Duncan doesn’t get it. Apparently the president does not get it either if this is all coming from the top.
Duncan did ask the ratings system’s many critics to reserve judgment until they actually knew what it would look like.
“This system that people are reacting against doesn’t exist yet,” he said. “Tell us what you like; help us do this.… Let’s not be against something that has not been born yet.”
One of the many things that the Administration does not get, is that some of us are objecting to the ratings system because the currently available data are inadequate. Completely inadequate. Bloody embarrassingly inadequate. These data, for the most part, are the same data that brought us to the current state of affairs.
Asked by Leonhardt to respond to the criticism that the government can’t rate colleges intelligently and effectively, Duncan reiterated that department officials know they have a hard job ahead. “We’re going into this with a huge sense of humility,” he said, and recognize that “intellectually it is difficult.”
Bullshit. Humility is not based on ignoring the advice you receive and doing it anyway.
“I say to the Department this, “We need better data. Let me rephrase that. YOU need better data. This should be the Department’s first priority.”
-Tod Massa (me), PIRS Technical Symposium, Feb 6, 2014.
The Department called together 19 experts in this arena to advise on the proposal. Perhaps it was just a show to support the pretense of listening and engagement. That’s fine, we all do that (every time we nod when our spouse is talking to feign involvement, for example). However, since the lack of humility irritates me, I am choosing to assume they wanted advice, but are unwilling to accept it. (It is too much like a smug, snotty adolescent saying “Uh-huh, I know” when you are trying to convey important information to him. I already have one of those in the house and another enroute.) By the way, push-back from those you intend to rate does not prove the rightness of your cause.
At least the interview demonstrates that the talking points, and perhaps the structure of the ratings system itself, are changing.
“Are you increasing your six-year graduation rate, or are you not?” he said. “Are you taking more Pell Grant recipients [than you used to] or are you not?” Both of those metrics, if they were to end up as part of the rating system, would hold institutions responsible for improving their performance, not for meeting some minimum standard that would require the government to compare institutions that admit very different types of students.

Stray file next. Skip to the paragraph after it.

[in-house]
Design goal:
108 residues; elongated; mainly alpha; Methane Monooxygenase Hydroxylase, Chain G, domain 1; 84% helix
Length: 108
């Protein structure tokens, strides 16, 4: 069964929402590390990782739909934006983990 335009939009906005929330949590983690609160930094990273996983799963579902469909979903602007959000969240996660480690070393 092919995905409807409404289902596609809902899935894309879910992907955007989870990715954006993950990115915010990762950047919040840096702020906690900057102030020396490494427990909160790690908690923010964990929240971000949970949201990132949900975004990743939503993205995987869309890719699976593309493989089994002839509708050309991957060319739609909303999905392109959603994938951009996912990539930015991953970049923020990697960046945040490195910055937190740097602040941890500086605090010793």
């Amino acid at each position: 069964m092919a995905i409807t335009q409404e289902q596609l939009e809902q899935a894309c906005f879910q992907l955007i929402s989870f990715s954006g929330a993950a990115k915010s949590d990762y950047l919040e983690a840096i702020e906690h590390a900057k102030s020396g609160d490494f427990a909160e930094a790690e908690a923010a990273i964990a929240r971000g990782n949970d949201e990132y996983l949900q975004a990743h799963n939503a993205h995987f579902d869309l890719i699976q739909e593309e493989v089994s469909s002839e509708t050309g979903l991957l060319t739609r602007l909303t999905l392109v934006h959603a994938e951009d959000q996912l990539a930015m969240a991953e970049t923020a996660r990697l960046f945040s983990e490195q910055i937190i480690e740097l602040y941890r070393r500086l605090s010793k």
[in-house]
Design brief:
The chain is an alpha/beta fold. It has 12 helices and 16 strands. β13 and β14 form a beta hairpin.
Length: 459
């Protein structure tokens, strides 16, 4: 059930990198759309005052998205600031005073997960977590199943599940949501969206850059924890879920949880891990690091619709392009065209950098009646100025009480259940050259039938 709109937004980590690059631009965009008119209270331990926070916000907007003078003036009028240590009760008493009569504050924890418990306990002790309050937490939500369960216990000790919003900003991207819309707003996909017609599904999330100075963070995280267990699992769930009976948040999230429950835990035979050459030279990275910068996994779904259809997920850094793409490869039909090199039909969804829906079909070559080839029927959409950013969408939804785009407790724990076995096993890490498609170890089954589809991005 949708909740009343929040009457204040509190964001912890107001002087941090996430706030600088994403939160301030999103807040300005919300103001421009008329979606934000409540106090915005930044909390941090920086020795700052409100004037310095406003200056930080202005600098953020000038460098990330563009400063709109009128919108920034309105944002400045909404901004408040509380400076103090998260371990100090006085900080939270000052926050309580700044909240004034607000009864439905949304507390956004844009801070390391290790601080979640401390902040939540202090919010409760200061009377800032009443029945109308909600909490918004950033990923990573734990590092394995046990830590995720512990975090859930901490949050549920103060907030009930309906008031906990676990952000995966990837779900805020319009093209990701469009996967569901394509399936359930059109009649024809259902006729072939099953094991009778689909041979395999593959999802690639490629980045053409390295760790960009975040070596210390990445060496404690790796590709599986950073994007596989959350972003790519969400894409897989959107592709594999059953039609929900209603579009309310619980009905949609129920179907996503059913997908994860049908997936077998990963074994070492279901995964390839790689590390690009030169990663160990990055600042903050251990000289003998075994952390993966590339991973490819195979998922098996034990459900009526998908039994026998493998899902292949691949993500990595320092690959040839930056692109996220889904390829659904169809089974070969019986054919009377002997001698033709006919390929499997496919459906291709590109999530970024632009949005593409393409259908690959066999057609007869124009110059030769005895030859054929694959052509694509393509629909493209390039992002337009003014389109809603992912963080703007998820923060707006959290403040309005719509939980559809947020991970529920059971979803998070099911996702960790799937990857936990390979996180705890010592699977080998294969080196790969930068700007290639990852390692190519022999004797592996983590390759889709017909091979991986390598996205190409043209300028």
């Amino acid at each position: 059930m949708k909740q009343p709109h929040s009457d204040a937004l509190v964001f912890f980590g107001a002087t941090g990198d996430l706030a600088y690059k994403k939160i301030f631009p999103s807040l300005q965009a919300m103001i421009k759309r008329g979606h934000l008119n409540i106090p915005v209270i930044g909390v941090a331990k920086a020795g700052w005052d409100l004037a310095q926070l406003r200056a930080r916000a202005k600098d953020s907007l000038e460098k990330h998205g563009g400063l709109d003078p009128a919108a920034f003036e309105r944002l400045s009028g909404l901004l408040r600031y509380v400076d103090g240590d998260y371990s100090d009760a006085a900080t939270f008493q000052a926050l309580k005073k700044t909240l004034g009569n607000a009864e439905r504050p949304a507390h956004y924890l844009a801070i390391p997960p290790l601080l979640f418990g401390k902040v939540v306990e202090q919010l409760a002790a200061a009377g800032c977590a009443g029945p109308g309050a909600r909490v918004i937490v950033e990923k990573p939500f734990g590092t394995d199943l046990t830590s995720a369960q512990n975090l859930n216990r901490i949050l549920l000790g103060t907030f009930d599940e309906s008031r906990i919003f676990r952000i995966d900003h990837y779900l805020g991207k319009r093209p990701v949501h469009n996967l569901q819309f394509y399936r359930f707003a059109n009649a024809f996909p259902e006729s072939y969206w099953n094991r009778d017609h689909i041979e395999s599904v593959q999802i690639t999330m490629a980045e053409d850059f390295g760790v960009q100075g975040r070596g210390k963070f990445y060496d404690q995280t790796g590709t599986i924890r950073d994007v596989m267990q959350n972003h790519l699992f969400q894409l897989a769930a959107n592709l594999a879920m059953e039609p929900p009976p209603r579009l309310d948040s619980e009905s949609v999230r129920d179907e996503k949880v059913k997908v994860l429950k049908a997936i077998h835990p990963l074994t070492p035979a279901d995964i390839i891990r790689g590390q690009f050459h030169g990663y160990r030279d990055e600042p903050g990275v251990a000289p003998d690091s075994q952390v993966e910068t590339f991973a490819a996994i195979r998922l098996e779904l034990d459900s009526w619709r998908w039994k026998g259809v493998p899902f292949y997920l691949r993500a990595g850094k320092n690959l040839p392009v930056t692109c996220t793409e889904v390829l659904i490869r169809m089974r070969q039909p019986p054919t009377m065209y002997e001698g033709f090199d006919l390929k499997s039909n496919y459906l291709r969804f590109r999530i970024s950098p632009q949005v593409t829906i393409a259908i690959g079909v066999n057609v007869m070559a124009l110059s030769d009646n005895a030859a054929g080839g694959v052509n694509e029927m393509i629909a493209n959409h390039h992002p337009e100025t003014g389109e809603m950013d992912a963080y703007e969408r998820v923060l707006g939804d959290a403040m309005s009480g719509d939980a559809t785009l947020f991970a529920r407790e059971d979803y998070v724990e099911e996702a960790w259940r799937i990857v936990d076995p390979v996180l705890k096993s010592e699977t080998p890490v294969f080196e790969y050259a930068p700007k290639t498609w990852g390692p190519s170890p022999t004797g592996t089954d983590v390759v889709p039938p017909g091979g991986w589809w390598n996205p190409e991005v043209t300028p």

This is a step in the right direction, perhaps the second best approach. Encouraging a constant cycle of improvement is a good thing. Perhaps they will look to states that have experience in accountability measures of this type, you know, like Virginia. One of the things we know on this topic, is that there are annual variations that are little more than statistical noise, especially with smaller institutions. When such accountability measures are first introduced, it takes a number of years before institutional policy and operational decisions catch up. Thus, improvement on all measures every year is unlikely – unless the measures are weak to begin with. Remember, the key decisions about the graduation rates of the entering cohort of 2014 have already been made – who, how much aid, the institutional budget, and the student support programs that will be in place. The decisions impacting the next available graduation rates of the 2008-09 have long been audited and stashed away in a dusty mausoleum.
Another issue that arises is “the pool of possibles.” Is it possible to expect every institution to increase its proportion of Pell-eligible students? Probably not, at least not after some critical point is achieved of overall enrollment is achieved, without dramatically expanding the definition of Pell-eligibilty. Over time a lot of students will wind up being shifted among institutions. Probably not before the next re-authorization of the Higher Ed Act, but I don’t know. It will depend on institutional reaction to the ratings and Congressional action to tie them to student financial aid. Anyhow, at some point one ends up creating a floor value to say, “If an institution is at or above this point, improvement on this measure is not required.”
When we start talking about improvement on multiple measures, we get this argument, “If we enroll more [under-represented students, students with Pell] our graduation rates will go down.” This is a complete and utter bullshit argument that I have heard over and over again. We go back to 2008 on this where I pushed the board to make graduation rates of Pell students compared to students without Pell, but other aid, compared to students without any aid, a performance measure.
There is absolutely no necessity for institutional graduation rates to decrease. “But Tod,” I heard, “we know students that are Pell-eligible are less academically qualified most of the time.”
“What do you about that?”
“Therein lies the problem.”
That was a fun conference call. This experience, and more like it, are why I believe a ratings system is best built around comparisons of internal rates at the each institution. There is no legitimate, nor moral reason, why family income should be a primary predictor of student success in college. We know that disadvantaged students have different needs than wealthy students, so let’s meet those needs.
I am glad to see an evolution in thinking on the ratings system. As long as the Department plans to release a draft based on existing data this fall (which is a question-begging time frame to begin with – fall semester or seasonal fall? and I have seen both “in the fall” and “by fall” – implying before), I will continue to oppose and agitate against the current plan. I continue to be willing to help and engage with the Department, but my phone lines and multiple email accounts remain strangely silent.